Budgets 2020, 2021 boosted confidence in Guyana’s economic outlook –Finance Minister

Senior Minister in the Office of the President with responsibility for Finance, Hon. Dr. Ashni Singh says Budgets 2020 and 2021 were responsible for the International Monetary Fund’s (IMF) improved economic outlook for Guyana.

The Minister made this statement in an invited comment on the side-lines of an event on Wednesday.

Senior Minister in the Office of the President with responsibility for Finance, Hon. Dr. Ashni Singh

The IMF had initially projected that the country’s economy would grow by 8.1 per cent in 2021. Its recent World Economic Outlook 2021 report has however, upped that figure to 16.4 per cent.   

“So, the last time the IMF would have done their forecast on the Guyanese economy, which I think would have been around September/October 2020, there would have been a lot of uncertainty and perhaps, less clarity on where the country was going and what the prospects and opportunities for the country would be.”

Since then, he said, the budgets have clearly outlined the Government’s plans and position on key issues, resolving any uncertainties.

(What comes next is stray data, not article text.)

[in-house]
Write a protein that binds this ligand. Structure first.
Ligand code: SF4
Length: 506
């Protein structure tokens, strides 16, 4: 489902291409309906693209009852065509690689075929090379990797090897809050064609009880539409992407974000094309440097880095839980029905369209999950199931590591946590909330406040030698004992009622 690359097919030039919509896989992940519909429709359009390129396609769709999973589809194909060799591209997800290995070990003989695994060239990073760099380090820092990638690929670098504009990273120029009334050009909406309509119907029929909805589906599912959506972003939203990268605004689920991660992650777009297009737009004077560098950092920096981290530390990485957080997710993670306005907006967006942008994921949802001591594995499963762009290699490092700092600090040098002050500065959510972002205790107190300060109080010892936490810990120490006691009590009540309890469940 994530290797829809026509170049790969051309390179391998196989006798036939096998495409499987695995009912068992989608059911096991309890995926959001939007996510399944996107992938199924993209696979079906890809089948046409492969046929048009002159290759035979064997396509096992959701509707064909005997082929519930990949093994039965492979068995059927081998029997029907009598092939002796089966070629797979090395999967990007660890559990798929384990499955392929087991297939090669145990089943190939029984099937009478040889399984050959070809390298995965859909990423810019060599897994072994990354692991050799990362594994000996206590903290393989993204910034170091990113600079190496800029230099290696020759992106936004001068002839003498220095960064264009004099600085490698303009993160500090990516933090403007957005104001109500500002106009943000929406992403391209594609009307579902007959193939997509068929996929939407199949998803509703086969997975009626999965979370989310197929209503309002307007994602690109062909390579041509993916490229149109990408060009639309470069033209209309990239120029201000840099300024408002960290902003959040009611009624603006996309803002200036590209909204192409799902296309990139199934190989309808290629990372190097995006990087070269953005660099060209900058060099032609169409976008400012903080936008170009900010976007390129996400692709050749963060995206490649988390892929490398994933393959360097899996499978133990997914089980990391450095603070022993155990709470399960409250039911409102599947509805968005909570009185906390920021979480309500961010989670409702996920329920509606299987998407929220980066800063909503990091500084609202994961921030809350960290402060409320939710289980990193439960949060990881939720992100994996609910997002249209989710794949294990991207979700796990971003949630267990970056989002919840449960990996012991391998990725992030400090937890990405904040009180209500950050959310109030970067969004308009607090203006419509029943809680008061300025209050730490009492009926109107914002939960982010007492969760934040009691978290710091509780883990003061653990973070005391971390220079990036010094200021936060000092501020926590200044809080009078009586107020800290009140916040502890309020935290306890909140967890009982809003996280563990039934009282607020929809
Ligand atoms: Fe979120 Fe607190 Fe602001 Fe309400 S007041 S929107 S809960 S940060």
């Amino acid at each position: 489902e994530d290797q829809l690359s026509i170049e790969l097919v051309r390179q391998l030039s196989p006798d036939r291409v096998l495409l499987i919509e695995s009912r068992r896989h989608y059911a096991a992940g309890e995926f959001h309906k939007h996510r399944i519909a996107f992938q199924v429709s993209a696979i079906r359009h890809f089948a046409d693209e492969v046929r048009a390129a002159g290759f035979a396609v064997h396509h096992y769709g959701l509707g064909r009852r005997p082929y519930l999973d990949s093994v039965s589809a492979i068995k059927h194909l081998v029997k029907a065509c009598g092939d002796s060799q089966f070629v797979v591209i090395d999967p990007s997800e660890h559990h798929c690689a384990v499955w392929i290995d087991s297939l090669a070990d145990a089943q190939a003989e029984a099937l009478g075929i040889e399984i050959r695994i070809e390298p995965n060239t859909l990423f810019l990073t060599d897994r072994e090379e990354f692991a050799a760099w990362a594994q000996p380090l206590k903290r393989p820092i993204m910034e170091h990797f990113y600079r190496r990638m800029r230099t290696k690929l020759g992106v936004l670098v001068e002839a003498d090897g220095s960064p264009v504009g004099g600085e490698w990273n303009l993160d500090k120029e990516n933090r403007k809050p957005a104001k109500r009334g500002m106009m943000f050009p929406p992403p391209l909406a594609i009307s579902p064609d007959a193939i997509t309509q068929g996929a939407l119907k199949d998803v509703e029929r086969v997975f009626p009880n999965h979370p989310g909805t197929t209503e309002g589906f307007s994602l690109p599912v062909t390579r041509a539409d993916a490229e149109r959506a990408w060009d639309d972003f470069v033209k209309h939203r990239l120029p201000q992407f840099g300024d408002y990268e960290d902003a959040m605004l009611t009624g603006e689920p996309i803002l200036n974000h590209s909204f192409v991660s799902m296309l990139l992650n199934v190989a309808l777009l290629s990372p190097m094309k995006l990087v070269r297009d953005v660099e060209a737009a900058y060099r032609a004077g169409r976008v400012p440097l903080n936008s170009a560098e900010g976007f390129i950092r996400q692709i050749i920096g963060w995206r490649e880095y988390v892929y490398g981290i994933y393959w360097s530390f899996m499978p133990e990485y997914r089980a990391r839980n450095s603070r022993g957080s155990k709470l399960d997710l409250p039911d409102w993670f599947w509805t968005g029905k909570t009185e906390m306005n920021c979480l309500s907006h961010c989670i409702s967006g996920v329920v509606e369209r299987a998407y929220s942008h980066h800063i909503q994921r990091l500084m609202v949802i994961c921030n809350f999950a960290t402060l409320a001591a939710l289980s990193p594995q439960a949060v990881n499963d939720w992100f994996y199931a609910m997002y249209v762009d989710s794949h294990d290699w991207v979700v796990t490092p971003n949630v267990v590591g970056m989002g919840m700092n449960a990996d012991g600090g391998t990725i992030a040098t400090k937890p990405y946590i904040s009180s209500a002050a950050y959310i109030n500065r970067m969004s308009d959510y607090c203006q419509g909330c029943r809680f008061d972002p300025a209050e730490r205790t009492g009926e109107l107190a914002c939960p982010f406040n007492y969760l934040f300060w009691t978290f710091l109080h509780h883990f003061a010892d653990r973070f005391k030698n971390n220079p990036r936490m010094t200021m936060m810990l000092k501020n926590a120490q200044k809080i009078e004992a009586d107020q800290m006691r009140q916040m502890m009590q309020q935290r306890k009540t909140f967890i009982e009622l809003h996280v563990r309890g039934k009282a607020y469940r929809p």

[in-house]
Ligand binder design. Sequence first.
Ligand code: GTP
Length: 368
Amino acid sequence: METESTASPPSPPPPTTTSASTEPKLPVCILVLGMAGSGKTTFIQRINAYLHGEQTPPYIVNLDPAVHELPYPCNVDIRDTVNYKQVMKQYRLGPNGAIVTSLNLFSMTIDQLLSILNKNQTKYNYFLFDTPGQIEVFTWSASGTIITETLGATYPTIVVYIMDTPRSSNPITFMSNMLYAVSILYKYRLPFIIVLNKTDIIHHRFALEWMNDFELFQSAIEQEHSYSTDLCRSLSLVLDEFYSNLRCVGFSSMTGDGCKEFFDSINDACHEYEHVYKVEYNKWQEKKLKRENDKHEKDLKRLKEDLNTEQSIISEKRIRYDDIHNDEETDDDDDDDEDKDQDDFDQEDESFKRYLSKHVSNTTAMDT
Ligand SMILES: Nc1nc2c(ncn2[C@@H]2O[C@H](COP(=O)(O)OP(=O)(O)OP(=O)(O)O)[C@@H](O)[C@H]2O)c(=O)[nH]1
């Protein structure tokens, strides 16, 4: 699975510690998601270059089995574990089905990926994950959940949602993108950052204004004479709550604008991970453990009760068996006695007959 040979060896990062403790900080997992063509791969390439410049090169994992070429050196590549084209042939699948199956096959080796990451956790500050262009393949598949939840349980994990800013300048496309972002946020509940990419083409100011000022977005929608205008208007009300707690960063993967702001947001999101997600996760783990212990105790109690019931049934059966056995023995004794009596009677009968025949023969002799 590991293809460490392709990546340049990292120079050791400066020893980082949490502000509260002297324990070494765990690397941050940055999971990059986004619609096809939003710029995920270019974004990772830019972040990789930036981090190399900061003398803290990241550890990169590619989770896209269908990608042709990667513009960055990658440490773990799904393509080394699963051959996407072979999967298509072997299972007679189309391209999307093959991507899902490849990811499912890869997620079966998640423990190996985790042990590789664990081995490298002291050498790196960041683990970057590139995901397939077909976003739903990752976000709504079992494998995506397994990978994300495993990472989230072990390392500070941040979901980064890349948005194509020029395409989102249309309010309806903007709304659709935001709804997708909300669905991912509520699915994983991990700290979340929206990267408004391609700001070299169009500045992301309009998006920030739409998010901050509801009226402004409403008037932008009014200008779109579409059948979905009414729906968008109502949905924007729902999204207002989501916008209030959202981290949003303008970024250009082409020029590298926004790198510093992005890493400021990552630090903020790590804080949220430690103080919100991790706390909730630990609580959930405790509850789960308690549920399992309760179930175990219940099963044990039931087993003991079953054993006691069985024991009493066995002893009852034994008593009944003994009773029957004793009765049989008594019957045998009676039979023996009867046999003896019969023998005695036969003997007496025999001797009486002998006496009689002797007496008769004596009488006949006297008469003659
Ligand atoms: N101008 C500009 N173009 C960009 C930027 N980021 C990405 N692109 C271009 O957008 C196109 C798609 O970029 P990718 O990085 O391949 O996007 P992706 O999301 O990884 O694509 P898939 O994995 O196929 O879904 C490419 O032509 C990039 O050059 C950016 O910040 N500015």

Minister Singh noted that the IMF’s projection is only marginally lower than the Government’s. The PPP/C Government expects the economy to grow by 20.9 per cent this year, a 4.5 per cent difference.

“Obviously, it’s very high growth, growth at that level. Between 17 per cent and 20 per cent is very strong growth so there is a very close convergence.

Parliament of Guyana, at the Arthur Chung Conference Centre

The IMF growth projection is slightly more conservative than the Government, but what they both point to is a very strong positive growth outlook for the economy in 2021,” Dr. Singh said.

The IMF periodically updates its outlook on economic growth for a given year, for all recognised countries.

Since oil production started in late 2019, the IMF has produced economic outlook reports which project significant growth for Guyana, despite the protracted economic uncertainties, which began after the December 21, 2018 confidence motion.  The motion was followed by a series of court cases and a five-month-long electoral saga, culminating in attempts to alter the results of the March 2, 2020 elections.

The IMF had initially projected 86 per cent economic growth for Guyana in 2020. However, that growth was reduced by the fallout from the COVID-19 pandemic, the absence of a budget for most of the year, and the protracted electoral saga.